"How did I do this before the rise of social networks?"
I ask myself this question repeatedly, often while performing some mundane activity. The task can be as simple as finding a friend's phone number I've misplaced or as complex as finding a potential hire in a different country. Trying to remember how we functioned before being effortlessly linked with endless numbers of people around the globe can be as challenging as recalling what weekends were like before you had kids.
Like kids, social networks are growing up. Facebook turned 10 this year. But it's time for us to stop viewing them as childish pastimes and take these preteens seriously.
I can hear the collective groans already. Many perceive social networks as a fluffy indulgence at best and the end of human interactions at worst. The truth is, they're neither. To quote Lee Rainie and Barry Wellman in their book, Networked: The New Social Operating System: "People aren't hooked on gadgets, they are hooked on each other."
It's gross understatement to call Mr. Rainie, the director of the Pew Research Center's Internet and American life project, and Prof. Wellman, director of NetLab at the University of Toronto's faculty of information, experts in the field. Prof. Wellman, 72, studied social networks for years before the term became synonymous with Facebook. Incidentally, he's a voracious user of Twitter.
In their book, the two not only defend against claims that social technologies are ruining civilization; they explain how, from a business perspective, they unleash enormous potential. Being able to tap into not only everything and everyone your employees know -- but also everything and everyone in their social networks -- is a huge benefit and has become a integral part of problem solving. Companies not capitalizing on this risk losing out.
Social applications magnify people's ability to network and make it easier for companies to tap into their staff's skills and knowledge. Have a problem to solve? Just throw it onto your company's internal social network and watch as someone on your staff comes up with a solution.
As social networks grow up, the business case for utilizing them more effectively at work keeps getting stronger. Within a global, white-collar organization there's a positive correlation between the number of unique contacts an employee possesses and their success in the company, according to a study from the Sloan School of Management cited by Mr. Rainie and Prof. Wellman. It's not only the number of contacts but also the closeness of those contacts that results in an uptick in real revenue and completed projects for a company.
Quantifying that connectedness may be the real secret sauce of social networks inside organizations. Prof. Wellman defines individuals with these attributes as the crucial connectors between different groups.
"It's not the number of people you know, but how can you bring otherwise disconnected groups together [that provides value]," Prof. Wellman said in an interview. This turns employees into valuable "information brokers."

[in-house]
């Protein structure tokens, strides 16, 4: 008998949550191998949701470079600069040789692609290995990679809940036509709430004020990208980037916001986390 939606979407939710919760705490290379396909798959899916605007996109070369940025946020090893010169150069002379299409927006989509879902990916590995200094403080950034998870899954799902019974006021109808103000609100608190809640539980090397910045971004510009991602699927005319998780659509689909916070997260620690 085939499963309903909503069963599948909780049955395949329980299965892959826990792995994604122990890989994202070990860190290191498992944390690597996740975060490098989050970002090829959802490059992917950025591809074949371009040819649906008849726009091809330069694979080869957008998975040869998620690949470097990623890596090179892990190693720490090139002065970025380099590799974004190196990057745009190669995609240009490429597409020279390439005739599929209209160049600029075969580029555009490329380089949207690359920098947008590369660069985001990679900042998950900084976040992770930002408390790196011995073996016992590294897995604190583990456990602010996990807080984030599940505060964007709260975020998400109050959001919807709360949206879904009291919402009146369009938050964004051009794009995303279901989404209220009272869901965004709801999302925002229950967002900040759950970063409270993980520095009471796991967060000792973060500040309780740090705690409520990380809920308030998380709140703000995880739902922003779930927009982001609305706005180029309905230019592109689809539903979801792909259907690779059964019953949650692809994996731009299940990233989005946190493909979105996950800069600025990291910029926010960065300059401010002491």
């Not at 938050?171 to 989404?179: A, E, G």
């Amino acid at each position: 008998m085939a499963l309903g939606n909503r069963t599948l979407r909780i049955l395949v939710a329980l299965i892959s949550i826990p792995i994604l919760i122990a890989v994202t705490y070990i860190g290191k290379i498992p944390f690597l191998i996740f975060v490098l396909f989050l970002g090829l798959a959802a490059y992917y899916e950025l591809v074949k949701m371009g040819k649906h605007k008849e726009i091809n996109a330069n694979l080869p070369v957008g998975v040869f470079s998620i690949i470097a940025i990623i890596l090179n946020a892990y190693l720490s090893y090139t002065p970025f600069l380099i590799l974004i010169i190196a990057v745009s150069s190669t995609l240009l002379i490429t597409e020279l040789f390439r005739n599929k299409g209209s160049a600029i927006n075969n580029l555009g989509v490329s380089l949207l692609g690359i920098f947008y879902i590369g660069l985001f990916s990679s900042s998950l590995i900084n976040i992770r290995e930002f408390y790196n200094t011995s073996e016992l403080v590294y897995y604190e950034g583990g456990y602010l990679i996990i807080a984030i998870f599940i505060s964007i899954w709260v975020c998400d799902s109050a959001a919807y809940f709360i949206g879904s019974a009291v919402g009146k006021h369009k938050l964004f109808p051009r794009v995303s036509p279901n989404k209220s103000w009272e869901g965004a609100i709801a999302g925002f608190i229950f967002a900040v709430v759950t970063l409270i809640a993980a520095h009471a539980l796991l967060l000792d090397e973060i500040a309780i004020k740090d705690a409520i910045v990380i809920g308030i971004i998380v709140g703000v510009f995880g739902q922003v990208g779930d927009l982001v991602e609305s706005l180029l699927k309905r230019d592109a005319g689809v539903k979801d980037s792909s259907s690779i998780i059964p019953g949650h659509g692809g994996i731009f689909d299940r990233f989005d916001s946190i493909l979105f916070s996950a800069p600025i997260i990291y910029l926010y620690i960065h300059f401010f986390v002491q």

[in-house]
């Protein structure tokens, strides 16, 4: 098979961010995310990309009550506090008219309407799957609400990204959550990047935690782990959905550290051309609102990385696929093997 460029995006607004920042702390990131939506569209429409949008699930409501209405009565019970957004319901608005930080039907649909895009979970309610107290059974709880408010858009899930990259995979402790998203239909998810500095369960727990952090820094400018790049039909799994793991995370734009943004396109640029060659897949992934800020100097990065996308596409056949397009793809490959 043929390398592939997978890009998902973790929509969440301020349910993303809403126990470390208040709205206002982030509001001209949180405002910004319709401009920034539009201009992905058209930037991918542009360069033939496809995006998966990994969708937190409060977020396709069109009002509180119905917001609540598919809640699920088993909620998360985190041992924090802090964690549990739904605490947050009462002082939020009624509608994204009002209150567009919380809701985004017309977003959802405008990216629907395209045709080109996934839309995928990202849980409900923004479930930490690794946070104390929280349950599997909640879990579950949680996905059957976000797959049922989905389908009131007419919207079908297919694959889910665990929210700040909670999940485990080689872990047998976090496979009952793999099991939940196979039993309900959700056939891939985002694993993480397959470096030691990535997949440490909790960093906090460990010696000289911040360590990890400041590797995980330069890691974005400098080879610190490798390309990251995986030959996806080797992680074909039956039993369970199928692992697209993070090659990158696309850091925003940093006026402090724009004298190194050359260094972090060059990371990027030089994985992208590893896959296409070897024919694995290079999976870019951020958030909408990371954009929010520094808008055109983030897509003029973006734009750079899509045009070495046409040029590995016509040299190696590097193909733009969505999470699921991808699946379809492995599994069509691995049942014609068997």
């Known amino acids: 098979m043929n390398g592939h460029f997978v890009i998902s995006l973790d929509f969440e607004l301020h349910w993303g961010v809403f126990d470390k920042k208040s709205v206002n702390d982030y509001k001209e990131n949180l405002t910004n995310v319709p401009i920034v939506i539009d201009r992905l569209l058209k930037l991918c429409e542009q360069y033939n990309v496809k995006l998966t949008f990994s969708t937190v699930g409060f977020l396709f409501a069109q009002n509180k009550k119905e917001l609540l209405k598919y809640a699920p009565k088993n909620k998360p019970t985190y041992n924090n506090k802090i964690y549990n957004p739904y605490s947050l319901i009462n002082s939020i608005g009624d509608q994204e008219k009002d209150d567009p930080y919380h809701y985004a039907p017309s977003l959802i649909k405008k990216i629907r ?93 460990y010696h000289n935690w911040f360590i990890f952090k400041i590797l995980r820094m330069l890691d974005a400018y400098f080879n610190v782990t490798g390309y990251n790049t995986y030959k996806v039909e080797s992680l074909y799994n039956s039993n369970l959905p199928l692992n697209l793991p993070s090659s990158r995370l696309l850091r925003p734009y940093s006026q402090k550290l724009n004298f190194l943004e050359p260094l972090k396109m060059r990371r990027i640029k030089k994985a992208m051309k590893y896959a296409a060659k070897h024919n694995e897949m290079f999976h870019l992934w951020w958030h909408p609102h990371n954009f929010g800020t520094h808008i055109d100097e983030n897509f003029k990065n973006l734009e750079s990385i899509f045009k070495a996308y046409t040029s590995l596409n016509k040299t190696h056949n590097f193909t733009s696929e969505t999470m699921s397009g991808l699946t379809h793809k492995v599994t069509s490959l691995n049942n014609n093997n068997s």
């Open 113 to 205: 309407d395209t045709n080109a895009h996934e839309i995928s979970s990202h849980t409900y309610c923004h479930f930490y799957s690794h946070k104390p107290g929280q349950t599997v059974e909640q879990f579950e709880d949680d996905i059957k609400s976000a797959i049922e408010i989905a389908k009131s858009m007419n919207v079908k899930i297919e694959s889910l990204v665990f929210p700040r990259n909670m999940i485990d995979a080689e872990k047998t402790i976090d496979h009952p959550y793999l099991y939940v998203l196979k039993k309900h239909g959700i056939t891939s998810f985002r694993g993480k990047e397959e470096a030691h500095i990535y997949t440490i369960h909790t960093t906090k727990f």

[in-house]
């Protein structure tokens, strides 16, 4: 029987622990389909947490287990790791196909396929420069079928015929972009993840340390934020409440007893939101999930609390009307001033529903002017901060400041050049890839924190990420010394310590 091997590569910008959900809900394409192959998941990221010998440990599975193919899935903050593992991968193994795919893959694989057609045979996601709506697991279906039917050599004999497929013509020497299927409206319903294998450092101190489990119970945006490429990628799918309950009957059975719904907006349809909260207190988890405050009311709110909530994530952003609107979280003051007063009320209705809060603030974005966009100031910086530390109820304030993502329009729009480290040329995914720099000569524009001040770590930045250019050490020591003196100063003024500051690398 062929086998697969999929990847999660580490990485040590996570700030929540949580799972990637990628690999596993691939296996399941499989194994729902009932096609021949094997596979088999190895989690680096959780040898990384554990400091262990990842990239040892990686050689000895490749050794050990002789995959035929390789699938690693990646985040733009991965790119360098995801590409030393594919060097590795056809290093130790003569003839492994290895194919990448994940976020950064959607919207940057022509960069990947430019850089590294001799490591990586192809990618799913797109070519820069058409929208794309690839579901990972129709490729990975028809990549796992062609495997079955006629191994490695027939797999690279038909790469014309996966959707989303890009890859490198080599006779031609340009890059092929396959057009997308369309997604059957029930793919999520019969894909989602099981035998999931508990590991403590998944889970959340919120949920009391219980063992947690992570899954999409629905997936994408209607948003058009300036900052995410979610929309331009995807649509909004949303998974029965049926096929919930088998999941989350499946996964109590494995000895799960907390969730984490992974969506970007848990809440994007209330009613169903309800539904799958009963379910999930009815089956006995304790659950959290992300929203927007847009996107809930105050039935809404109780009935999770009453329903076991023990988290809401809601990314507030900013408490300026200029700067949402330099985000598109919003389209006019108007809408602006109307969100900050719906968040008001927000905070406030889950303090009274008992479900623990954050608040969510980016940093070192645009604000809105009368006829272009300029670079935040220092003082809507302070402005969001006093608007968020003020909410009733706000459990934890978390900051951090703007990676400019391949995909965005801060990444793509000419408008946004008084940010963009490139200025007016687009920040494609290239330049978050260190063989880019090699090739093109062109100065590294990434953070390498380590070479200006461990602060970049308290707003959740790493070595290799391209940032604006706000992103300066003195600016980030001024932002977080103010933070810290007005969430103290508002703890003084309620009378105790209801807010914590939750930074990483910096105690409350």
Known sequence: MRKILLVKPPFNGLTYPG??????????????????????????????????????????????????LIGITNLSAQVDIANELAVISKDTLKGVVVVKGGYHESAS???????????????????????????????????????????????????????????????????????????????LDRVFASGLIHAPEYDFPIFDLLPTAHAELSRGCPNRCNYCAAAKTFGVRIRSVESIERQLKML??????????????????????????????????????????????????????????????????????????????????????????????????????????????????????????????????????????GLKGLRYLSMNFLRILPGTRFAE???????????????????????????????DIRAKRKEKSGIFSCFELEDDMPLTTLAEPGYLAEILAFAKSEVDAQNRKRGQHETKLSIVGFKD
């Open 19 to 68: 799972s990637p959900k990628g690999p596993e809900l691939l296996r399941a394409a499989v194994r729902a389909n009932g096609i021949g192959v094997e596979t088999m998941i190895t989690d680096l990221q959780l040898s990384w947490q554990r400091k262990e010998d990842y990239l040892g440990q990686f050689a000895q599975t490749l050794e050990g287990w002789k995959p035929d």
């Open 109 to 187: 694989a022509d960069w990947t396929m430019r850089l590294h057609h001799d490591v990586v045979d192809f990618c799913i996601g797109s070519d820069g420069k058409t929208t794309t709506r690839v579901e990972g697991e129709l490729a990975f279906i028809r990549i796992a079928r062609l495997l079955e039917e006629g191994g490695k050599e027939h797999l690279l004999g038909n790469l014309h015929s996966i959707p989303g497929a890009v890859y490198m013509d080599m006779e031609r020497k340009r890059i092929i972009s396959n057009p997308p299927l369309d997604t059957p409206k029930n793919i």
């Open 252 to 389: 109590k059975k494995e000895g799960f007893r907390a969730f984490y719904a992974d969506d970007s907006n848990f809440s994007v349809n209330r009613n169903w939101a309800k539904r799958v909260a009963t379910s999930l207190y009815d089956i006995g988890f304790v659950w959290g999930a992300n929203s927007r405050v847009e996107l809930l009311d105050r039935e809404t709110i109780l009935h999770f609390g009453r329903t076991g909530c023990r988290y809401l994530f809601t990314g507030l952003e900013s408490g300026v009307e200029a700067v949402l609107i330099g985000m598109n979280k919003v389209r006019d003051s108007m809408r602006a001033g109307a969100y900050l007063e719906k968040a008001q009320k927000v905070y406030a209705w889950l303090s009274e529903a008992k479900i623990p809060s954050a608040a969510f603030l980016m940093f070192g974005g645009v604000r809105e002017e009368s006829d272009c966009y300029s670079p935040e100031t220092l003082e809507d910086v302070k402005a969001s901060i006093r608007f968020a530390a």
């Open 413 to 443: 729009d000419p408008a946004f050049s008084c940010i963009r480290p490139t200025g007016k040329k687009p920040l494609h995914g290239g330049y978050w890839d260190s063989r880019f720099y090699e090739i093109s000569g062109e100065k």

These are people who understand the problems that need to be solved and hold the information to fix it -- or know who does -- and can bring the two together quickly. These "information brokers" are becoming increasingly important in the new economy, as the workplace evolves, allowing employees to be more physically dispersed.
Could it just be a matter of time before hiring is based on our social networking score? While it may sound a bit farfetched, the size and nature of your social network could well become a key attribute worth broadcasting to prospective employers.
Slowly but surely, companies are capitalizing on these attributes.
Carrie Basham Young, the principal of Talksocialtome.com, a San Francisco-based enterprise social networking consultancy, said that over the past two years companies are starting to understand social networks' power as a mechanism for employees to share knowledge and avoid redundant, repetitive tasks.
"We used to call internal social applications 'Facebook for the Enterprise' because it was an easy analogy. But that created the perception that social tools were all play and no work, which was a turnoff to companies," Ms. Young said.
Since then, she said, dozens of powerful case studies have come out documenting the value of internal social applications to companies, demonstrating that being social in the business world is no longer a risky experiment.
Still, the actual return on investment -- viewed in dollars and cents -- can be challenging to calculate.
"Because there is no way to measure every aspect of the network's impact, it's really about understanding the incremental value that the tools bring to a company across people, groups and systems," Ms. Young said.
She advises companies to adopt a more holistic approach to capture the value that social applications bring to the workplace, such as improved co-operation among staff and happier employees who no longer have to waste time finding answers to specific questions.
"You can't put a dollar figure on that," she added.